Eltham Palace is a place I have wanted to visit for a long time, last year I finally drove there to not check its opening times and it was closed. Fortunately a year later I finally did get to visit and with friends too making it all the more enjoyable.
Originally built as a moated Manor House, it was given to Edward II in 1305. By the 14th century Eltham was one of the largest royal residences in England and was much frequented by the royal family. Edward IV would eventually own it and in the 1470s added a great hall along with other changes.
Eltham was also the childhood home of the future King Henry VIII and his sisters. There is an account of the Dutch philosopher Erasmus meeting the young prince Henry here in 1499.
“When we came into the hall, the attendants not only of the palace but also of Mounjoy’s household were all assembled. In the midst stood prince Henry, then nine years old, and having already something of royalty in his demeanour, in which there was a certain dignity combined with singular courtesy. On his right was Margaret, about eleven years of age, afterwards married to James, king of Scots, and on his left played Mary, a child of four. Edmund was an infant in arms. More, with his companion Arnold, after paying his respects to the boy Henry, presented him with some writing.”
Even during the 16th century the Place was still one of only a few royal residences which could house the whole of the 800 or so members of the royal court. However, it was during this time that Elthams importance began to fade as King Henry VIII had found another Royal residence which he decided to favour – Hampton Court Palace, which he had acquired after the fall of Cardinal Wolsey (along with York Place which would become Whitehall Palace).
Charles I would be the last monarch to visit Eltham and by this point it was in a bad state and there were reports of parts of the Palace collapsing. After the Civil War it was sold off to Colonel Nathaniel Rich who demolished many of the buildings and stripped the lead of the great hall roof leaving it to become more dilapidated than it already was, by the time it was remote to the crown in the 18 century it was decided that it was to be used as farmland and for agricultural use.
There was a slight improvement in the 19th century with the creation of the Office of Works and the Society of the Protection of Ancient buildings. Some funding was provided and a stronger roof was laid onto the great hall with steel braces to help strengthen the weakened timber beams. However Elthams new lease of life would not come until the 1930s when its new owners were Stephen and Virginia Courtauld.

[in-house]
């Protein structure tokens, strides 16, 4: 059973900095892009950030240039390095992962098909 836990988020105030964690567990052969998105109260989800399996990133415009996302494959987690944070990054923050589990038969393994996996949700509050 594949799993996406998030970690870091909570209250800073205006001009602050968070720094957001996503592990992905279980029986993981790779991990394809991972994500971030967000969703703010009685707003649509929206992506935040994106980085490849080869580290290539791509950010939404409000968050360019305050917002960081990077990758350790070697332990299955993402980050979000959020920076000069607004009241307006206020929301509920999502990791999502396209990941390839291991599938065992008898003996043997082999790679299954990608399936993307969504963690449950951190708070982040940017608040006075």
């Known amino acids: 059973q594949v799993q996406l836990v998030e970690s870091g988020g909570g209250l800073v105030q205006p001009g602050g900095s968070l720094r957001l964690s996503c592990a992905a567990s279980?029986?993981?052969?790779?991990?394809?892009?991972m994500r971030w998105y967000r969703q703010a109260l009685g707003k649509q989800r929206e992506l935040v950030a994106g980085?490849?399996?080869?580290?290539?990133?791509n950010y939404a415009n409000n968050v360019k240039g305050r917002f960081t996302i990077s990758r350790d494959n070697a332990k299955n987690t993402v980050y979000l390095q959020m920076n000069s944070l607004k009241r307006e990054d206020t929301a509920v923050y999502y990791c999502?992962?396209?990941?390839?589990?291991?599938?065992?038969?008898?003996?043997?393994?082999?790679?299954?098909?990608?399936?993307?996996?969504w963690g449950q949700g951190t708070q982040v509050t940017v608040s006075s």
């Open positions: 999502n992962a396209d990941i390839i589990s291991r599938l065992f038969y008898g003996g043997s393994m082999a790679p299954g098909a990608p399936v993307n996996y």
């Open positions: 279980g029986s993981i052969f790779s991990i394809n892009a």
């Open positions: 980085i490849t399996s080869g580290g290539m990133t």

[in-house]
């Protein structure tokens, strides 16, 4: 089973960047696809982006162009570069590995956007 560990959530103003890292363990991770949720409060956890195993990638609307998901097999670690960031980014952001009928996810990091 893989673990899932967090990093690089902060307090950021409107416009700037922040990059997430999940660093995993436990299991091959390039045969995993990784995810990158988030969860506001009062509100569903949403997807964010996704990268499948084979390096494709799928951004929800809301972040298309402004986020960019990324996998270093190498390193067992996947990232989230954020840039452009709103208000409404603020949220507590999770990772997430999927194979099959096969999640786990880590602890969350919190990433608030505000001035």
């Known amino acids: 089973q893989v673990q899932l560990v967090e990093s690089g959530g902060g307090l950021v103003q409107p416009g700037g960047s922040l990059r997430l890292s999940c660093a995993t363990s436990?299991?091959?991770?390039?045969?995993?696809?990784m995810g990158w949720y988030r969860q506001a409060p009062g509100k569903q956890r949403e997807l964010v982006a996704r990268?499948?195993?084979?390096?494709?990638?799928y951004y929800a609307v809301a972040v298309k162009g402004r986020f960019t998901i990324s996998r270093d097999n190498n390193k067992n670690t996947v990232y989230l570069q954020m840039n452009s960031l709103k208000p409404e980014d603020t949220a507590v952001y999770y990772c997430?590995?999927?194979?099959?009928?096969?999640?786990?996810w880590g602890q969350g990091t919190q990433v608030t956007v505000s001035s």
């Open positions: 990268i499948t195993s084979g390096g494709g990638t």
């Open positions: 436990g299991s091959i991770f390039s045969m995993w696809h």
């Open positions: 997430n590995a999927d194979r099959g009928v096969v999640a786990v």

The Courtaulds acquired Eltham on a 100 year lease from the crown. It suited their needs. The Courtaulds hired architects Seely and Paget to design a beautiful new home; modern but also to incorporate which still survived of the old Place. Eventually with much decision with the Ancient monuments board regarding the proposal works started.
The Courtaulds idea of modern is much different to what we would class as modern today. At the time of its completion the new Eltham Palace was furnished with all the ‘mod cons of the age – various forms of lighting was used, a pay phone installed for their guests and a loudspeaker system. It was comparable to a luxury hotel at the time. The decor was Art Deco. It feels like you have stepped into some 1920’s era drama. They finally moved in on 25th March 1926 and would go on to live there for 20 years.
Eltham was still lived in by the Courtaulds during the war, where the couple invited various guests to stay. Eltham was hit in September by 100 incendrerary bombs, 4 of them hitting the great hall. Still the Courtaulds remained up until May 1944 where they moved to Sunningdale and decided not to return to Eltham. Society changed with the war and large houses and estates were impractical. In March 1945 the leases was given to the Army school of education (Stephen however still had to be consulted on any proposed buildings on the estate). Finally in 1995 it came under the management of English heritage who manage it still and tell the story of all of Elthams past in a verity of ways.
The house itself never really appealed to me but as I was there I went to look around and was pleasantly surprised. It oozes that whole 1920s feel with rooms still set up as they would be, there is even a replica of the cage where the pet Mah-jong was kept – when I say cage I mean mini house, this animal lived the life of luxury.
Managed by English heritage it was free for me to get in (as I am a member) but the usual admission fee is £15 per adult and £9 for a child which I think is a worthy price. There is a cafe on site as well as some green area where one could take a picnic (which is what we did). There is an amazing play area for children where each object is designed and inspired by a place that the Courtaulds family visited. As well as exploring the lovely great house and hall which you can explore alone, with a guide book or audio guide (additional costs) there are some beautiful grounds to explore. On the day we visited there was a small jazz concert going on which we sat a listened too in the sunshine with ice creams, such an idyllic place to enjoy and relax for all the family. Oh and one more thing there is also the opportunity to dress up which appeals to both children and adults alike.
The only negative about this amazing and beautiful place is that it is closed on Fridays and Saturdays. It is so it can also be used as an events venue for weddings , where the money paid for such events goes back into the management of the site to keep it open to the public for many years to come.
 Art Deco – 1920/30s. Originated in France. Geometric and angular shapes in chrome, glass and shiny fabrics and materials. It reflected modern technology. It was a follow on from art noveau and was influenced by cubism.